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How the HP Tablet Works

        Tech | Tablet PCs

HP Tablet Features and Specs

The HP TouchPad has a 9.7-inch (24.6-centimeter) display screen and a sleek black exterior, and it weighs 1.6 pounds (0.73 kilograms). It comes in 16GB and 32GB versions, and sports WiFi (802.11a/b/g/n) and Bluetooth capabilities [source: Hewlett-Packard].

The TouchPad also features a 1GHz dual-core processor and webOS 3.0 operating system. HP acquired the operating system when it purchased Palm for $1.2 billion in 2010. The operating system was initially developed by Palm during the mid-1990s for smartphones and is rumored to have a promising future in tablet applications -- one that could rival Apple's iOS and Google's Android [source: Gruman, Hewlett-Packard].

The TouchPad has several preinstalled apps, including Bing Maps, QuickOffice, Facebook and YouTube. It also has apps to create a contact list, cull photos and videos, add memos and organize music [source: Arthur]. Additional free or paid apps can be downloaded from the HP App Catalog, an online app store. However, critics contend that the HP App Catalog offers few options -- certainly not the hundreds of thousands of apps available in the Android Market or Apple's App Store.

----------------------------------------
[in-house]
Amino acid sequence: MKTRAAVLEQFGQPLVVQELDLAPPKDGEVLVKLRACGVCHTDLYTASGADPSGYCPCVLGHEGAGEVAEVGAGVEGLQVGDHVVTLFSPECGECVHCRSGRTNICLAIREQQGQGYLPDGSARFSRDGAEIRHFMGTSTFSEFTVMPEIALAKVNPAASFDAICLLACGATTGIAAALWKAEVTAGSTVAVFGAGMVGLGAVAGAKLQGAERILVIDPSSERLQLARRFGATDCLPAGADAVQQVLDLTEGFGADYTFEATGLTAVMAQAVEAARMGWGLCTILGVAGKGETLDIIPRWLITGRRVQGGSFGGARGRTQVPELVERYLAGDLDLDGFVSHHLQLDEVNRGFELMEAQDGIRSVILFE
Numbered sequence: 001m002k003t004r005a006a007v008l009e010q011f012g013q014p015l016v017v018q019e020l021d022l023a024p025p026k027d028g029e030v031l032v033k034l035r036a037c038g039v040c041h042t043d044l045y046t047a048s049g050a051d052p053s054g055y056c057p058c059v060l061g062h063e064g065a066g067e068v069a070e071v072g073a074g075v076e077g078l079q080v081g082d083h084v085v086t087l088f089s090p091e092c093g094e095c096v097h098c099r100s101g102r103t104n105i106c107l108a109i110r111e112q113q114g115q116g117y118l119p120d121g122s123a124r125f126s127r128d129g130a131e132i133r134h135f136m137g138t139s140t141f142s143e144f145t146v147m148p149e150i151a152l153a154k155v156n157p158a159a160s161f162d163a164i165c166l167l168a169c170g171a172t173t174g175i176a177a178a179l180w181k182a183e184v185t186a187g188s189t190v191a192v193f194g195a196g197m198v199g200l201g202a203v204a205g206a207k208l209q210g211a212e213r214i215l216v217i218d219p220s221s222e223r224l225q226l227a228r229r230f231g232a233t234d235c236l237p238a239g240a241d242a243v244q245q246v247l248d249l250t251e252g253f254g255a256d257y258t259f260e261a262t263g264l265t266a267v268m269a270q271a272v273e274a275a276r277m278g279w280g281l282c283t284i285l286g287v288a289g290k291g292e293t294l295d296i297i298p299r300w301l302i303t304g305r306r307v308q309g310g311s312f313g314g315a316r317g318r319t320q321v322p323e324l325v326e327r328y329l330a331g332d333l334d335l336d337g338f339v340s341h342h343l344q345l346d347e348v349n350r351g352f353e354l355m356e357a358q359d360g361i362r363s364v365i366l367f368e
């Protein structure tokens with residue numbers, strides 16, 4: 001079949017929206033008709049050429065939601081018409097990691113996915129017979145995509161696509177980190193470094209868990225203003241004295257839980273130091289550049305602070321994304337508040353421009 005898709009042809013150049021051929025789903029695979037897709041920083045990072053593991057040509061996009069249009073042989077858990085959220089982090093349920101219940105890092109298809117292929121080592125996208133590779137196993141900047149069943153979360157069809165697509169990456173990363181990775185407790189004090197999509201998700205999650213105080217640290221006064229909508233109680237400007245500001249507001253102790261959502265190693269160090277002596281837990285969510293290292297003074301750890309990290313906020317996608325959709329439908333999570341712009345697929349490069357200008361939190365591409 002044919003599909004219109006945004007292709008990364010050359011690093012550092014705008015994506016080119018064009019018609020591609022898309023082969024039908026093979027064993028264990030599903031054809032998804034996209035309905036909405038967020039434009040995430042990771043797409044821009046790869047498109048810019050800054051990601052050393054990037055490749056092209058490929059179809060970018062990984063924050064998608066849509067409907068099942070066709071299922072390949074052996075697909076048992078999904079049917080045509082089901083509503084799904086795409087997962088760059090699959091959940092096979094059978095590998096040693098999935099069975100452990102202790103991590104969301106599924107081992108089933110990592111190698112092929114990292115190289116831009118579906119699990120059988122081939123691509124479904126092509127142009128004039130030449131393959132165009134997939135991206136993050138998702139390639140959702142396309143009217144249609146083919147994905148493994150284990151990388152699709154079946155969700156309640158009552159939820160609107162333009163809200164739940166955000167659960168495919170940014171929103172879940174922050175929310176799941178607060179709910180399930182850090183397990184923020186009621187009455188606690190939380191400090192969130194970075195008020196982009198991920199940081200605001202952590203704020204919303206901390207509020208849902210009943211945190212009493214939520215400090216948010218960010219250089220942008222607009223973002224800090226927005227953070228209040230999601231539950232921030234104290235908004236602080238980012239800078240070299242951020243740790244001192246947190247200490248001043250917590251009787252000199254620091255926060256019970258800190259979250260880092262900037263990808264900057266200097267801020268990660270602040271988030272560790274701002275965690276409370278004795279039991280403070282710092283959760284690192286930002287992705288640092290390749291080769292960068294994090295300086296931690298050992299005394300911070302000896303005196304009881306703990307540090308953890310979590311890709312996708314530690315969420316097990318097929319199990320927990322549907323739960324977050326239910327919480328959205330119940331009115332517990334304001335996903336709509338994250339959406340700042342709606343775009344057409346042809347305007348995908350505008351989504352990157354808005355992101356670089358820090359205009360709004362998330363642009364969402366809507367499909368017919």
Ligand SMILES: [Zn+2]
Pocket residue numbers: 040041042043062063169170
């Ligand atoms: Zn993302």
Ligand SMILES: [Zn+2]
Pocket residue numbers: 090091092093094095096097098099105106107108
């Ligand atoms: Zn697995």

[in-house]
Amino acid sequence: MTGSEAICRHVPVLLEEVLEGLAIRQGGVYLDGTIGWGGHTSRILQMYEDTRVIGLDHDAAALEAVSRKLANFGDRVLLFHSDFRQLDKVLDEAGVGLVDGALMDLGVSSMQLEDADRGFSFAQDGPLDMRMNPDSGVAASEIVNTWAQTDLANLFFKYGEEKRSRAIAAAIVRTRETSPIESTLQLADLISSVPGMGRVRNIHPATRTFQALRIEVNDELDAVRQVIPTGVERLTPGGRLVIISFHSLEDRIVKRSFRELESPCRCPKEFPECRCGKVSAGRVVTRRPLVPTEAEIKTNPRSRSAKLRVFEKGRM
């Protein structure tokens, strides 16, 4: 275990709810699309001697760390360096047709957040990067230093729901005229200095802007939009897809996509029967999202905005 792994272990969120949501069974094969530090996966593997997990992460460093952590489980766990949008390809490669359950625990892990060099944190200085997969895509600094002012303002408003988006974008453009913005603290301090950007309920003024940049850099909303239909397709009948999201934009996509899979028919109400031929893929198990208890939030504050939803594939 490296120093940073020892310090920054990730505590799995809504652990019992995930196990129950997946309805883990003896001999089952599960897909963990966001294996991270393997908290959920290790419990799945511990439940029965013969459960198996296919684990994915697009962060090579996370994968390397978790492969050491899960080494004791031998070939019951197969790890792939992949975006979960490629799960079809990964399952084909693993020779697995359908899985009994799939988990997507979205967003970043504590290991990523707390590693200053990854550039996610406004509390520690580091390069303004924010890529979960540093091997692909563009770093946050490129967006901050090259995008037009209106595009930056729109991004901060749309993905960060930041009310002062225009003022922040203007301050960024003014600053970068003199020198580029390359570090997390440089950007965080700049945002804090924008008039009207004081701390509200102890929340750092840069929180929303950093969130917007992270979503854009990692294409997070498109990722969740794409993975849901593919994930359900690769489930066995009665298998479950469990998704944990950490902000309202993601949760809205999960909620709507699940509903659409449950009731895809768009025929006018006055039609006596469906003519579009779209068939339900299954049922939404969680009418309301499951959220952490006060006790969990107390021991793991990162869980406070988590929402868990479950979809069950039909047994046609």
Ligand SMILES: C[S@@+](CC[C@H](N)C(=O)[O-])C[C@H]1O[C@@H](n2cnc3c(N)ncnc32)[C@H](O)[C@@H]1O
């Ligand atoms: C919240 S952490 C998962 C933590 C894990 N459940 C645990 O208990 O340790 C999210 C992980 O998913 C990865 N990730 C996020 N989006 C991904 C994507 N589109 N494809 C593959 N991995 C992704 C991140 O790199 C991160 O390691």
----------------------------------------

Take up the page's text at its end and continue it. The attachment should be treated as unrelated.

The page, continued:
The TouchPad has a 1.3-megapixel camera for video and still photography, and it offers videoconferencing. Without a second, rear-facing camera, the TouchPad comes up short when compared to competitors like the Samsung Galaxy [source: Stern]. One thing that sets the TouchPad apart is its a wireless charger, a device on which the tablet sits during re-juicing -- which it'll need to do after some five to eight hours of use. The charger can lie flat or double as a stand, which can turn the tablet into a desk or bedside clock.

TouchPad's proponents like its ability to handle Adobe Flash apps and widgets, as well as its intuitive printing capabilities, which allow users to network wirelessly with HP peripherals to print documents and images.

Whether there will be a next-generation TouchPad is still unclear. For the perpetually congested tablet market, however, the takeaway is this: Too-high prices are a barrier between tablets' purveyors and sales numbers.


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